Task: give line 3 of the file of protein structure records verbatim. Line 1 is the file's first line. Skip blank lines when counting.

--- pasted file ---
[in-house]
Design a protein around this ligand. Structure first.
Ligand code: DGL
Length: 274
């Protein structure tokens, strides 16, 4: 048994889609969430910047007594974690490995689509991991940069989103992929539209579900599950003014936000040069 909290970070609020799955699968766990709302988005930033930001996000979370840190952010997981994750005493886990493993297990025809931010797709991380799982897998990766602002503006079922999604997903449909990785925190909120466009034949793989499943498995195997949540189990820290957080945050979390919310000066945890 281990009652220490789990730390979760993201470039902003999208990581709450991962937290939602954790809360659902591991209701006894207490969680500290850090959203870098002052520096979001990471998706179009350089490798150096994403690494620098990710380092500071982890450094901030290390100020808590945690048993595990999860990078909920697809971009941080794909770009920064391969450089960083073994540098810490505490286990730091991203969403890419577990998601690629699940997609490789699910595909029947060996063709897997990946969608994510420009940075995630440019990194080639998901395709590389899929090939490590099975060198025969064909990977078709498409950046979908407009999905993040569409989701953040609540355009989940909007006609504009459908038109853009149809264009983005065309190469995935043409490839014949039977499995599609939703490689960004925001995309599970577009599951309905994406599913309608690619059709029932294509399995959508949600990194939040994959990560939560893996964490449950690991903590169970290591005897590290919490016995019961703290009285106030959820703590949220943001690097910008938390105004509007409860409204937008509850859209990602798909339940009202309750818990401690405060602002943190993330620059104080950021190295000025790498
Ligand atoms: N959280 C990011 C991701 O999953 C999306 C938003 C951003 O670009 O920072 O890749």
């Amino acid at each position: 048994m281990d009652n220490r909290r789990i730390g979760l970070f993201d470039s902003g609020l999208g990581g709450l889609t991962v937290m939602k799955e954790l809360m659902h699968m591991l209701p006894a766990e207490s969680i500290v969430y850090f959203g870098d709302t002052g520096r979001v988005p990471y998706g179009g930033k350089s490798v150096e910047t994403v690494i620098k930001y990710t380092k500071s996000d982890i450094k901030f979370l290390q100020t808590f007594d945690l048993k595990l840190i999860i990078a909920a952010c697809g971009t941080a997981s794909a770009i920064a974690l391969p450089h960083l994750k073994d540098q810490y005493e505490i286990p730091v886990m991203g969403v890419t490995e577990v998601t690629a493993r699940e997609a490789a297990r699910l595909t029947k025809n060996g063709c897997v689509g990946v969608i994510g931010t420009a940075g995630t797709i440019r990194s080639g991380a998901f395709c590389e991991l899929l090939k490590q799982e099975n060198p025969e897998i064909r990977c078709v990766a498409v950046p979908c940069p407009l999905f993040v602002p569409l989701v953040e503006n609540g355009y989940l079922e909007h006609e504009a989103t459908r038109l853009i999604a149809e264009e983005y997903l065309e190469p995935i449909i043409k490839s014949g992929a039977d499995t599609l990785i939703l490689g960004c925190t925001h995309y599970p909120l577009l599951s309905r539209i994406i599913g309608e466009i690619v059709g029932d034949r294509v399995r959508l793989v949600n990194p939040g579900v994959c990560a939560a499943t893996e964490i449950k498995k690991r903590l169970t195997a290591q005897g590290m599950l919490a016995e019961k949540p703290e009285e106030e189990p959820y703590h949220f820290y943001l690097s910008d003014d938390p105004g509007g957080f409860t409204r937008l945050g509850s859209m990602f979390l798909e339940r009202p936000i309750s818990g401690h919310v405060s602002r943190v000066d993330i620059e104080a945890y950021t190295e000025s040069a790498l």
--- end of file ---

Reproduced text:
Ligand code: DGL